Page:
Kids and Guns: Learning To Drive – And Shoot – Safely

Shelby Murdoc

April 14, 2017 — A recent post making the rounds on Facebook asks, “Should parents be allowed to teach their children about guns?” If you’re reading this, I think it’s safe to say that you would probably answer the question with a hearty affirmative. But what troubles me about the question is the fact that someone somewhere thinks that—just maybe—it might be okay to tell parents what they can and cannot teach their children.

When it comes to guns, I have trouble wrapping my mind around the idea that it’s better for people to not understand guns than it is for them to understand. I guess in my mind, I think it’s similar to knowing how to drive a vehicle with a manual transmission. Even if you plan to never drive a car that doesn’t have an automatic transmission, what’s the harm in knowing how to operate a manual? What if there is a medical emergency and the only car available has a manual? Does the person needing a doctor just die because no one can drive him or her to the hospital? But no one asks, “Should parents be allowed to teach their children to drive stick shifts?”

If nothing else, a child who has been taught about guns will have a chance to learn basic gun safety and respect for firearms. The chances of an accident will be greatly reduced. The odds of something going wrong out of pure ignorance will shrink. Hopefully, kids who have been handed guns will have a better understanding of what guns are capable of and that, while firearms are tools capable of great harm, they are just tools and it’s the wielder that decides what to do with it.

People learn about guns, regardless of whether or not parents teach them. But those who are not formally taught will learn from television, movies, and often-hysterical talk. These people are the ones that I worry about getting their hands on firearms. They don’t know what they don’t know, and their lack of skill makes them inherently risky to themselves and others.

So, in the case of guns, there are some reasonable and clear reasons to “allow” parents to teach their kids. The larger issue of whether outside forces—such as the government, community organizations, or alarmist groups—have a say in what parents “should be allowed” to teach their children remains.

It should be obvious to nearly anyone that when someone claims justification to override parental rights regarding their children, the motivation is almost always some sort of social justice crusade. We need to “protect our kids” from this or that. We need to “educate” them on this issue or that issue. But the need is based on a desire for social engineering. It’s driven by a desire to make kids think what the group is advocating for or against.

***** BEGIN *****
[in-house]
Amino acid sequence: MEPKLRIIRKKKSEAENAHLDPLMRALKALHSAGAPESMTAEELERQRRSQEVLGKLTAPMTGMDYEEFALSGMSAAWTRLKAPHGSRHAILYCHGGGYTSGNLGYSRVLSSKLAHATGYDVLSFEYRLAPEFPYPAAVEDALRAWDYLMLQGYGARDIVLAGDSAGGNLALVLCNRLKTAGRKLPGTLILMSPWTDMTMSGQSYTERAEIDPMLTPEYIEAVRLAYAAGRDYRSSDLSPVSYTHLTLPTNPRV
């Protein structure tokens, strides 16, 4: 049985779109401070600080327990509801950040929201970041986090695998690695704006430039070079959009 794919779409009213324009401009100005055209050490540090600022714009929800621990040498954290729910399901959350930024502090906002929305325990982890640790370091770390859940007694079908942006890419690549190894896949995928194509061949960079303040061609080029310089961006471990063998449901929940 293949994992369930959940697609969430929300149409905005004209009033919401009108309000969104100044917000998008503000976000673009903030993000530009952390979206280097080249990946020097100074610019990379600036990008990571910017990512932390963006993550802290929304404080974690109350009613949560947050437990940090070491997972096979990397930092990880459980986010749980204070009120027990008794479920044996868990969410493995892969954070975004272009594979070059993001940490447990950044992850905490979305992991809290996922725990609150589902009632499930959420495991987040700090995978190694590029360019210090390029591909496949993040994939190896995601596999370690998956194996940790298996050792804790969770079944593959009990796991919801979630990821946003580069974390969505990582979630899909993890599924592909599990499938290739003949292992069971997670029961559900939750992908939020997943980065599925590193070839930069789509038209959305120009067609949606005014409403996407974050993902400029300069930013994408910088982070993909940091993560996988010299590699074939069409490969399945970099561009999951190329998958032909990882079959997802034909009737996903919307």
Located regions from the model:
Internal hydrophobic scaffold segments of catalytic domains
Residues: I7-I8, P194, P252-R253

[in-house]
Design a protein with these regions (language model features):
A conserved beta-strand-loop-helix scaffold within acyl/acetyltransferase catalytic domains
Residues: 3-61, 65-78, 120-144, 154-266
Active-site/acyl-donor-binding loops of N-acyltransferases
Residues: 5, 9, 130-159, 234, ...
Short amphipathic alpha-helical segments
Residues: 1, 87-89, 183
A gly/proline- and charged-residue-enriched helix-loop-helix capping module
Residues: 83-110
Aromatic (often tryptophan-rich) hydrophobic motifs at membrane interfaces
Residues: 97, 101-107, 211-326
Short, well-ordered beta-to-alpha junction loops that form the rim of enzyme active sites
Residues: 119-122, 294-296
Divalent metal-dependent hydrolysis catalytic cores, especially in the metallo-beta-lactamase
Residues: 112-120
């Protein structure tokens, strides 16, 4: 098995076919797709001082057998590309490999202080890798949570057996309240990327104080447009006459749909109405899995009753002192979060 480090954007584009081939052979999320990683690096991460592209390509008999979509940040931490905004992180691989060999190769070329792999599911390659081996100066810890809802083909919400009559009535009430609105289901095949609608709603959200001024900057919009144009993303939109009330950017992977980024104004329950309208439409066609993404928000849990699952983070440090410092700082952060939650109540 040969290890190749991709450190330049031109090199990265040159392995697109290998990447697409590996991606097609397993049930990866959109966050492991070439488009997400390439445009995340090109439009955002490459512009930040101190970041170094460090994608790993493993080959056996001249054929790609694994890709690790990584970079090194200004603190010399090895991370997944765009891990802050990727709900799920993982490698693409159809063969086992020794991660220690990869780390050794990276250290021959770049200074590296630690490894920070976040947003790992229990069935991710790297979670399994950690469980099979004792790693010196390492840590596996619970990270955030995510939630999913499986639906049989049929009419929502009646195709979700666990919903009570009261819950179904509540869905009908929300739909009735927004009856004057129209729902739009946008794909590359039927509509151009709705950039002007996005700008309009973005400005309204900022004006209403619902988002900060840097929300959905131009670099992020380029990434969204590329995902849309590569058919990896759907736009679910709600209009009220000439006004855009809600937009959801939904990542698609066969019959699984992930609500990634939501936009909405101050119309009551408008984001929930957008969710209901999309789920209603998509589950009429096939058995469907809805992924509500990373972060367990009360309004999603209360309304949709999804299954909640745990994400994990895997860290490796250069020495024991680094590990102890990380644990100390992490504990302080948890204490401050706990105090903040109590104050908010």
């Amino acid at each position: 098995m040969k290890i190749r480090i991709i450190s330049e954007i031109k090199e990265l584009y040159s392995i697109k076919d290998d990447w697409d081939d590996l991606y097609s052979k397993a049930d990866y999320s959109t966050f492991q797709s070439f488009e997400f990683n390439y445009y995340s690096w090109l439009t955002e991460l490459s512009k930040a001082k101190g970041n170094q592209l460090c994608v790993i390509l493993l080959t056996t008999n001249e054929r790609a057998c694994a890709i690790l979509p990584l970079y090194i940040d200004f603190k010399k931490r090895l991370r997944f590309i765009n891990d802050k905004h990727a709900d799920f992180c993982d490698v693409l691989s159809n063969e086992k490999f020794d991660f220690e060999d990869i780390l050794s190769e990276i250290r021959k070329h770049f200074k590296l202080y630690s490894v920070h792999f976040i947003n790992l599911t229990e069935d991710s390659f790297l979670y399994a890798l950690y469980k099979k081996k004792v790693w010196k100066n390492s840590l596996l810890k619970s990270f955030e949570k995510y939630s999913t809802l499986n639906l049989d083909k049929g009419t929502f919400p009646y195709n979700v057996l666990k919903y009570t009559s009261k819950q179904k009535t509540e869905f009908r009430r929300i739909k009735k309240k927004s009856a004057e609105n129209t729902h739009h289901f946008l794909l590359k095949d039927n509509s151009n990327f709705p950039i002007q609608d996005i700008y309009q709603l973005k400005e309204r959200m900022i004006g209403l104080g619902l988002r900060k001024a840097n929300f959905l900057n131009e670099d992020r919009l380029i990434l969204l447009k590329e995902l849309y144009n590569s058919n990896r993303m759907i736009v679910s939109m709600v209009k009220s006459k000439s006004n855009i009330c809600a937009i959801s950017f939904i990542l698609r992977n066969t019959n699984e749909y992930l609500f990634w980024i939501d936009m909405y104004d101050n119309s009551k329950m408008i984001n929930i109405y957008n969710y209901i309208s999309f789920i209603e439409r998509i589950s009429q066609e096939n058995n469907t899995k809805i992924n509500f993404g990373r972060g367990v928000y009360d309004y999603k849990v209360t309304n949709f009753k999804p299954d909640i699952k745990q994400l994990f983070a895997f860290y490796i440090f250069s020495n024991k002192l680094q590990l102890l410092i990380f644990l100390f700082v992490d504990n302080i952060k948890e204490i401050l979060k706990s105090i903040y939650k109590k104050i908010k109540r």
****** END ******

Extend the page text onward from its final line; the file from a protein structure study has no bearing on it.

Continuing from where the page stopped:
Whatever your opinion of Betsy DeVos as Secretary of Education, it should be clear that she is not a creature of the teacher’s unions or of the upper crust educational elite. She is not a tool of the liberal agenda, however you may define that. The fact that she is so strongly opposed by the unions and the elite is actually a mark in her favor, as far as I’m concerned. Her support of educational choice is another. Whatever comes of her service in the Trump administration, I believe we can rest assured that she won’t further the downward spiral.

Should parents be allowed to teach their children about guns? Of course, they should. Parents should be allowed to teach their children almost anything. We may quibble about some extreme scenarios, but if no direct harm is being caused to others, I don’t see what right anyone has to step in. Parents are the authority here.

As far as the guns go, the more that more people know about them, the more rational our discussions about them can be. When something is unknown and mysterious, it can seem scary to the uneducated and the facts can easily be distorted by those who would infringe upon our rights.

Most gun owners can easily see through the manure being spread by the anti-gun crowd. It’s those who don’t know very much that are most easily swayed.

Parents get to decide what their children are exposed to. Personally, I hope that more parents will expose their children to firearms. The gains for public safety, personal security, and individual liberty will be enormous.

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